Turner said that playing in the Premier League at Arsenal “is the game I grew up watching and I’ve experienced it myself”. “It was an eye-opening experience to see it from both sides.”
Three of Turner’s Arsenal teammates have been named in England’s World Cup squad: goalkeeper Aaron Ramsdale, defender Ben White and forward Bukayo Saka. “Friends off the field,” Turner said, “and then when you get on the field, you’re in full focus for 90 minutes.”
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As a young player, Adams idolized Arsenal star Thierry Henry – he became Henry’s teammate with the New York Red Bulls – and he was drawn to the Premier League. Adams moved to Leeds United from German club RB Leipzig this summer. His coach, Jesse Marsh, is American, as is his teammate, Aaronson.
“I remember telling my mum when I was young that I wanted to play for England,” Adams, 23, said. “There is something special about the Premier League – always has been and I think always will be.”
Berhalter, Turner and Adams noted the popularity of the Premier League in the United States thanks to NBC Sports’ extensive coverage.
“When you wake up to watch the Premier League and it seems like there’s a team that everybody in America is rooting for,” Berhalter said. “It’s an incredible league. We are really proud that our players are playing in this league.”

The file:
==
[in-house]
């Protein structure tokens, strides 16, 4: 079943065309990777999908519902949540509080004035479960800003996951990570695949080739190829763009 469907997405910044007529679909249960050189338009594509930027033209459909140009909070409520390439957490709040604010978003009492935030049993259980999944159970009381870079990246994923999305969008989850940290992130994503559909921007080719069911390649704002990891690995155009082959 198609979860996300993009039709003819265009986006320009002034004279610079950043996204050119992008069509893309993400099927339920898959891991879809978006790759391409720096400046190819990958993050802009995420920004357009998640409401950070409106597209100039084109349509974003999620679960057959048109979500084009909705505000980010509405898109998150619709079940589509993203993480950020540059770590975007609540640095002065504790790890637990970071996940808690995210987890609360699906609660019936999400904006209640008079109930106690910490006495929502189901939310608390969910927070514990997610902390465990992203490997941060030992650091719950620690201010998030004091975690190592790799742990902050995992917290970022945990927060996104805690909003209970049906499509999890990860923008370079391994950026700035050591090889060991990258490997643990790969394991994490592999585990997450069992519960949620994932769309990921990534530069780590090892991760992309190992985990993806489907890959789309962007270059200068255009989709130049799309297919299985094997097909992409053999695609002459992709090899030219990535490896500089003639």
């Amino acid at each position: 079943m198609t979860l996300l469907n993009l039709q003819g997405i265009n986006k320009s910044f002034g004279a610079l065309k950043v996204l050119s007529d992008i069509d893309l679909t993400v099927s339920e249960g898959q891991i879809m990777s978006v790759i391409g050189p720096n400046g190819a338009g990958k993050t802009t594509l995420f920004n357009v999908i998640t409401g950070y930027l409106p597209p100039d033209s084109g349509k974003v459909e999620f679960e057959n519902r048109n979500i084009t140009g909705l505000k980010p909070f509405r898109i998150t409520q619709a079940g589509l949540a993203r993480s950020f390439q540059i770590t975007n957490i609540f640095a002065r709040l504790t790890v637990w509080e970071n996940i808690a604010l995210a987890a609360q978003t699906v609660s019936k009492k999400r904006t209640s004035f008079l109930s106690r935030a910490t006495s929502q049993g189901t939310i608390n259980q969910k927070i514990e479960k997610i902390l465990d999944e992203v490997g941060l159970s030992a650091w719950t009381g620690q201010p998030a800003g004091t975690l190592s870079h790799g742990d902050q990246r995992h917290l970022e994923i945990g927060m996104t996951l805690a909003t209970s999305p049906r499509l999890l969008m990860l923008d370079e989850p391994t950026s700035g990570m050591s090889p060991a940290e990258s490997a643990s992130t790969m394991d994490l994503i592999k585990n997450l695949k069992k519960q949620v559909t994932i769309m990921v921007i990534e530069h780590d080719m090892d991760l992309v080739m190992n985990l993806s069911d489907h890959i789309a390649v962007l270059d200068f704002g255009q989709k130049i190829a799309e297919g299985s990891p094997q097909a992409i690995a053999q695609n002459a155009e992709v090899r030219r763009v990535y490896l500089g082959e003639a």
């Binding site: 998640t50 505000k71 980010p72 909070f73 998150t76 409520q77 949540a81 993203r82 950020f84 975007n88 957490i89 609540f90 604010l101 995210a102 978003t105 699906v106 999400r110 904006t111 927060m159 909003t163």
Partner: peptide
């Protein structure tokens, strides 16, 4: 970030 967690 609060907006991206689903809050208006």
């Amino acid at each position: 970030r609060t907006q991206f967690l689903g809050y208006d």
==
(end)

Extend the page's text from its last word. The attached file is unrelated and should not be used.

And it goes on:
Southgate said: “We know a lot [U.S.] players in our league and we know their quality and athleticism.”
With so many Americans playing in England, the fear of facing the Three Lions was perhaps eased. With the exception of German midfielder Jude Billingham, every member of the England squad is working for a Premier League club.
“There are a lot of things out there that scare me other than spiders,” Adams said with a laugh during a news conference at the Qatar National Convention Center, one floor below a large spider sculpture.
“So it’s good for me to have the opportunity to play against all these great players, but we also want to show what we’re capable of and that US soccer is growing and developing the right way.”
The British also came from the state. Wayne Rooney starred for DC United in 2018 and 2019 and currently manages the club.
England, aware of the weight of expectations, look to the World Cup spectacularly
When asked if England’s all-time leading goalscorer had split allegiances at the end of this season, he said: “No. I am English. Of course, I want England to win.”
But he joked that if the Three Lions stumble, “I’ll have to call it football in all the next games. [MLS] season.”
The world championship held in Qatar
Live updates: The final eight teams to make their debuts in Qatar play Thursday in Group G and H games. Stay tuned for the latest news, updates and highlights.
USMNT: Back at the World Cup, the young Americans were content with a 1-1 draw with Wales in their opening Group B game. The U.S. men’s national team will face a higher task against Group B favorite England, who defeated Iran 6-2 on Friday.
Qatar dispute: Soccer fans wearing the rainbow, a symbol of LGBTQ inclusion, said they were not allowed into World Cup stadiums and confronted members of the public to remove the emblem.
Group guide: The U.S. men’s national soccer team, led by coach Greg Berhalter and star forward Christian Pulisic, has qualified for the 2022 World Cup, an improvement from a disastrous and underwhelming 2018 campaign. Here’s a closer look at how all the teams in each group stack up.